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Trying Their Hands at Conducting

Traffic Monitors Bring Harmony -- as Much as Possible -- to Downtown Rush Hour

By Steven Ginsberg
Washington Post Staff Writer
Friday, January 21, 2005; Page B03

At five minutes to 4 on a recent afternoon, the intersection of 19th and I streets NW was more or less in chaos.

The driver of a Mercedes-Benz convertible darted across the intersection so he wouldn't have to slow for an ambulance. A cyclist etched a complete circle around the intersection before deciding to head north on 19th -- against traffic. A Volkswagen Beetle cut off an SUV as both made a turn, and this small canyon of downtown Washington was filled with the blare of an angry horn.

George Kollie, left, and Timothy Robertson direct evening traffic last week at 17th and I streets NW. Monitors have been deployed to corners since October. (Lucian Perkins -- The Washington Post)

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Moments later, as if a stern teacher had entered an unruly classroom, the chaos came under control. A city worker, wearing a vest with yellow reflector stripes and wielding a whistle, walked to the center of the intersection, threw up a glove with yellow reflectors and a bright red stop sign in the middle, and traffic halted.

In an age of "Don't Block the Box" signs, red-light cameras, countdown signals for pedestrians and other fresh attempts to clear up clogged intersections, District officials have decided that nothing does the trick quite as well as putting a couple of municipal employees in the middle of the road.

For the next 2 1/2 hours, two monitors ushered traffic through when there was room and held it before the intersection jammed, regardless of what the traffic lights indicated. Those turning left were permitted to go when they could and were stopped at times when walkers needed to cross. Cyclists displayed respect for the law.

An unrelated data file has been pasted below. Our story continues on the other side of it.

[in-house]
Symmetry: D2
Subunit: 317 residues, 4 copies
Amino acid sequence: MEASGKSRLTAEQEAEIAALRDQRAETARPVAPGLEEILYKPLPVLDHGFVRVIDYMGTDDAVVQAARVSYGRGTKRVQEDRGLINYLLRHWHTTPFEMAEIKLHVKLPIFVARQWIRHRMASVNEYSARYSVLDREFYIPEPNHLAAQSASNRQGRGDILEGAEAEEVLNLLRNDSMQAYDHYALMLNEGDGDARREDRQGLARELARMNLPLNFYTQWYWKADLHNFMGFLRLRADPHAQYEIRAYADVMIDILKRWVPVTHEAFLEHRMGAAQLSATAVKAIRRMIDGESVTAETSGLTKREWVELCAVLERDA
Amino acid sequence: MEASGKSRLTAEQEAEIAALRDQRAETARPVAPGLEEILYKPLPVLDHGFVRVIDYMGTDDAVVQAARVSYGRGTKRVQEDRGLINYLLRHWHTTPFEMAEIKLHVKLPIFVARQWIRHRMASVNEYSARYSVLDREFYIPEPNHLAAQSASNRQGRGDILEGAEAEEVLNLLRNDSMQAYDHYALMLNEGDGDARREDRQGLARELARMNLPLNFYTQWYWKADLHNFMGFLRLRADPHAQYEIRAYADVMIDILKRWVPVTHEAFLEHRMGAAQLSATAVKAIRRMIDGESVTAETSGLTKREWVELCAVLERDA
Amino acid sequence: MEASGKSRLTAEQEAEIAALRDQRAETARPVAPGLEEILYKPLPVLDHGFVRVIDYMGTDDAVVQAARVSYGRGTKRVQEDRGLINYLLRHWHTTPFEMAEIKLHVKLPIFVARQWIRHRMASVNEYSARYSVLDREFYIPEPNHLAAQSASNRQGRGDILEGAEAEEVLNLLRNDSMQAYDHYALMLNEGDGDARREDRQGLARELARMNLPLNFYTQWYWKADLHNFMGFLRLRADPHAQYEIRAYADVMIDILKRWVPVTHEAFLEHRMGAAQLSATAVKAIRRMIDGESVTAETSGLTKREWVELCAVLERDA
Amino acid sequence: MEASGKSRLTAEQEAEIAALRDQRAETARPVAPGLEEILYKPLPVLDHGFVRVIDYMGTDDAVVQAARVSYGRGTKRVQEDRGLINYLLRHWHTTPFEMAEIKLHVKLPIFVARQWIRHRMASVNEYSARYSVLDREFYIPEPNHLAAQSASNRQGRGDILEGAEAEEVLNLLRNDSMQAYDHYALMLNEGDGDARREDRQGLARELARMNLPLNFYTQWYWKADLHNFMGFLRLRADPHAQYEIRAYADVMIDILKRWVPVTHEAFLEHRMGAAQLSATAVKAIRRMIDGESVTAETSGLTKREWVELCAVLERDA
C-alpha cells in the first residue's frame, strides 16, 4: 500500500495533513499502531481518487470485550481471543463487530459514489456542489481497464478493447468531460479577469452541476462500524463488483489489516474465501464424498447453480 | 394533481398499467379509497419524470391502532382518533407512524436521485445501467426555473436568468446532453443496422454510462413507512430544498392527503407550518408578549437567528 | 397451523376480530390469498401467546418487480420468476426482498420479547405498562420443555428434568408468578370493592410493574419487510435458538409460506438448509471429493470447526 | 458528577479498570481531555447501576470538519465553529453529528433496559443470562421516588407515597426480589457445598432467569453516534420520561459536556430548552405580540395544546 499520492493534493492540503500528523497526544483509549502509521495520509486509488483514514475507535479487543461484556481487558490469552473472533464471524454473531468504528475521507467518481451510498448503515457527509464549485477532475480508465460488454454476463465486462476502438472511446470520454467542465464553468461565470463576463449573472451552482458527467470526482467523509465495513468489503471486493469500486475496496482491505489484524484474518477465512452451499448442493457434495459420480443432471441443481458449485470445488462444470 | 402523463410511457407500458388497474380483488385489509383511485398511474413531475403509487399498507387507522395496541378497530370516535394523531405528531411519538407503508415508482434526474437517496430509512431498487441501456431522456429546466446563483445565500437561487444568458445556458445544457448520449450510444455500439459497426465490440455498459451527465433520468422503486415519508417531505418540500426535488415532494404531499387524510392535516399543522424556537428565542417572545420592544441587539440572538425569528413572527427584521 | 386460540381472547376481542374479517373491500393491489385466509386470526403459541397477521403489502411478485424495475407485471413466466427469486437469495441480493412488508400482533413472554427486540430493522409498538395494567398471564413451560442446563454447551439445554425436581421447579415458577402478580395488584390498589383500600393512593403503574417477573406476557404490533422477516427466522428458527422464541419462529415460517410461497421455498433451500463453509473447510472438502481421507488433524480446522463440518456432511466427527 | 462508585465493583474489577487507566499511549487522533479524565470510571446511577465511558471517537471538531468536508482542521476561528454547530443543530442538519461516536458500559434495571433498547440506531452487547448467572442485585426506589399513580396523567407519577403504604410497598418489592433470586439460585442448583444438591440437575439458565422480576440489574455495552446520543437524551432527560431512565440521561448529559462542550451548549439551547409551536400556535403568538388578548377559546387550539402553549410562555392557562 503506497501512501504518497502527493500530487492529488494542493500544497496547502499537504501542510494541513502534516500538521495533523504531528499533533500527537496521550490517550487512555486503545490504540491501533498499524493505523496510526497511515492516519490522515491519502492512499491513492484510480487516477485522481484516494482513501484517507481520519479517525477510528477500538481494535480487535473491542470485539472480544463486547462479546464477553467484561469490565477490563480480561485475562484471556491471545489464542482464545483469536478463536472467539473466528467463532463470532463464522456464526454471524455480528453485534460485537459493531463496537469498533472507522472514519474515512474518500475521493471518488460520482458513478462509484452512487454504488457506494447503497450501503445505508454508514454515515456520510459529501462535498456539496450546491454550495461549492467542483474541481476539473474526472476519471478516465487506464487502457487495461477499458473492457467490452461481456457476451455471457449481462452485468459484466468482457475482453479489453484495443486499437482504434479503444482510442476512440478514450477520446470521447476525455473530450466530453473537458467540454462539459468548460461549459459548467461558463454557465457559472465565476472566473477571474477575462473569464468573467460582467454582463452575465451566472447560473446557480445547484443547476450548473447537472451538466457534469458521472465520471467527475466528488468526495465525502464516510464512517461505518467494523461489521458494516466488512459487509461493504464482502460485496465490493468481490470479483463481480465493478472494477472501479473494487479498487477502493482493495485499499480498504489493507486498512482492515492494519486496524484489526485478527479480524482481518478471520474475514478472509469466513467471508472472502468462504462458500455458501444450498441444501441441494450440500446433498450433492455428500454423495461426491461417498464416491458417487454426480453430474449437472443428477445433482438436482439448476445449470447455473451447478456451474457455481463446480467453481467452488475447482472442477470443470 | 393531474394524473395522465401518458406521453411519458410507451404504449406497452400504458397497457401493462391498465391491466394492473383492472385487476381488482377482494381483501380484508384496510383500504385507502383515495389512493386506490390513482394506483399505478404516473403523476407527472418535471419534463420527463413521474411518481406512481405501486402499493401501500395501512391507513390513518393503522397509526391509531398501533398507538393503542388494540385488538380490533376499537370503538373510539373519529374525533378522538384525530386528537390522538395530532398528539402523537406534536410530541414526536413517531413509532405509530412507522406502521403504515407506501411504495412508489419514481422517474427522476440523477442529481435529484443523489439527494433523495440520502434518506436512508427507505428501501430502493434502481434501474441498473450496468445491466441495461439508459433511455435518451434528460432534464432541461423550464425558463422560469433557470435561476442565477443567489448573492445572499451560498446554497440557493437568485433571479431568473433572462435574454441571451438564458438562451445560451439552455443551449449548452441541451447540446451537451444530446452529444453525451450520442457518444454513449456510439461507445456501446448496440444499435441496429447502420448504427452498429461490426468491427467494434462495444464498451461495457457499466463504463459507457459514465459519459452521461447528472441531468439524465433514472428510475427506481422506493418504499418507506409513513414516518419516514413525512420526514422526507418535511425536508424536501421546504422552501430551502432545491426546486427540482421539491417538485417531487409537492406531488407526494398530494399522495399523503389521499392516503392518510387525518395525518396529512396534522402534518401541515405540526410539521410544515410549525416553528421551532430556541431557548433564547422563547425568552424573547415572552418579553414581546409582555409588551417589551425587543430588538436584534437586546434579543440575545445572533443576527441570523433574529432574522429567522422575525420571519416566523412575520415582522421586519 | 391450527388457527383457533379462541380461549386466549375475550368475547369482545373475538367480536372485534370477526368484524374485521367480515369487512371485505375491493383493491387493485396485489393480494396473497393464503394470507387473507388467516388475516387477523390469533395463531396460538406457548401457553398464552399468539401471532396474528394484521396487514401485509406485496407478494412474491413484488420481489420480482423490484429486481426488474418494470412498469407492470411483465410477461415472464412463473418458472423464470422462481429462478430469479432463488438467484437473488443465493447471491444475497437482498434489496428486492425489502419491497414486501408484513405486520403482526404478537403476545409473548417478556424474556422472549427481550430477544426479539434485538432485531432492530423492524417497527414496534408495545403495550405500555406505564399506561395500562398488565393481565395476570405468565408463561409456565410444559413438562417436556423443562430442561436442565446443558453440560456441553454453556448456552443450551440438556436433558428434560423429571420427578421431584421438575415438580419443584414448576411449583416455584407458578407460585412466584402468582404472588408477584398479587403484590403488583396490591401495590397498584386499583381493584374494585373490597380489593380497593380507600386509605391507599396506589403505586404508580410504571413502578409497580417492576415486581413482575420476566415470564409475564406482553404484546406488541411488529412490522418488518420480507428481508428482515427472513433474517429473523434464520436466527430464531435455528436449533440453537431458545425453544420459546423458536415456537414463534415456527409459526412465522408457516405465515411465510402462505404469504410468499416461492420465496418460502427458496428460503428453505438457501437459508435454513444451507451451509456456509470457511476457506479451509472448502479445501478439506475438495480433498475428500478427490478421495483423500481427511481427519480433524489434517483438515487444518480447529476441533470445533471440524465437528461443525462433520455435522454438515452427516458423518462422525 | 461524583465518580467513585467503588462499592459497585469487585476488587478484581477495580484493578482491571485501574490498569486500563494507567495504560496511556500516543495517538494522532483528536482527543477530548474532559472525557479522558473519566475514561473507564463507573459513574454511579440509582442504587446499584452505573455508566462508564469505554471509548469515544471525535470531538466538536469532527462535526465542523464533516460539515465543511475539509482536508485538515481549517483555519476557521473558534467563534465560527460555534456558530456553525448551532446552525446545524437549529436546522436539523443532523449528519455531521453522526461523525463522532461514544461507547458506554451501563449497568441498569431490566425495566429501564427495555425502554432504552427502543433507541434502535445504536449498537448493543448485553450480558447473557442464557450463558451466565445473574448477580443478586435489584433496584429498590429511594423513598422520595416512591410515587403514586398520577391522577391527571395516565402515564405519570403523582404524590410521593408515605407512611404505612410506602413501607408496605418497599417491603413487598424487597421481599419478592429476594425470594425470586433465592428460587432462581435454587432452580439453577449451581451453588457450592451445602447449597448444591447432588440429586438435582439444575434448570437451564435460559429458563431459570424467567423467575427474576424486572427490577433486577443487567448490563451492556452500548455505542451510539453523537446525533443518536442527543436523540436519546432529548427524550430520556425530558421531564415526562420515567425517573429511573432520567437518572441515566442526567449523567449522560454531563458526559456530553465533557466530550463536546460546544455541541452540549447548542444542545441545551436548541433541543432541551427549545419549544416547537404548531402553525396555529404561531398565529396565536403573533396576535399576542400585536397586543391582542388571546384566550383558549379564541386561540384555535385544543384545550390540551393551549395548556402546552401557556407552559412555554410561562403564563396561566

The monitors have been assigned to intersections across the city since October from 7 to 9:30 a.m. and from 4 to 6:30 p.m. Mondays through Fridays in an effort to rein in drivers, keep traffic flowing and give pedestrians a little protection as they try to navigate rush-hour streets that can have as many as 200,000 drivers on them in a day. The monitors don't write tickets during rush hours, but between shifts, they ticket double-parkers, drivers who park in loading zones and other parking scofflaws.

Currently, 29 monitors control about 10 intersections on a given day, including such hot spots as Pennsylvania Avenue and 14th Street NW downtown and Wisconsin Avenue and M Street NW in Georgetown.

Despite enthusiasm from city officials, business leaders, drivers and people on foot who said the monitors are a boon, problems have arisen. Drivers, trained to follow traffic light signals, appeared confused when the monitors ordered them to stop on a green light or go on a red one. Some refused to go through a red light until it changed. Other drivers and some pedestrians simply ignored the monitors, leaving them to whistle into the wind.

"No whistle is going to stop nobody," said one pedestrian who ignored instructions from a monitor at 14th and H streets NW one afternoon last week.

Some monitors also haven't quite nailed their new profession: In one instance, a monitor stopped northbound traffic on 14th Street on a green light so a southbound driver could make a left turn, but the driver was stymied because of pedestrians on H Street and everybody was held up.

Traffic experts said the monitors can cause more problems than they solve if they're giving instructions that conflict with traffic lights. "People are used to seeing signals, and they know how to react to them," said Professor Philip J. Tarnoff, director of the University of Maryland's Center for Advanced Transportation Technology. "There's a real motorist expectancy issue, and if something is happening different from what they expect, you can have safety problems."

Tarnoff said that although one intersection may improve, the monitors could cause problems down the street by disrupting traffic signal timing set by engineers based on the city's road network.

"They may be doing great things at one intersection but making the system overall worse," he said.

Douglas Noble, the city's chief traffic engineer, said changes have been made during the program to try to deal with these issues.

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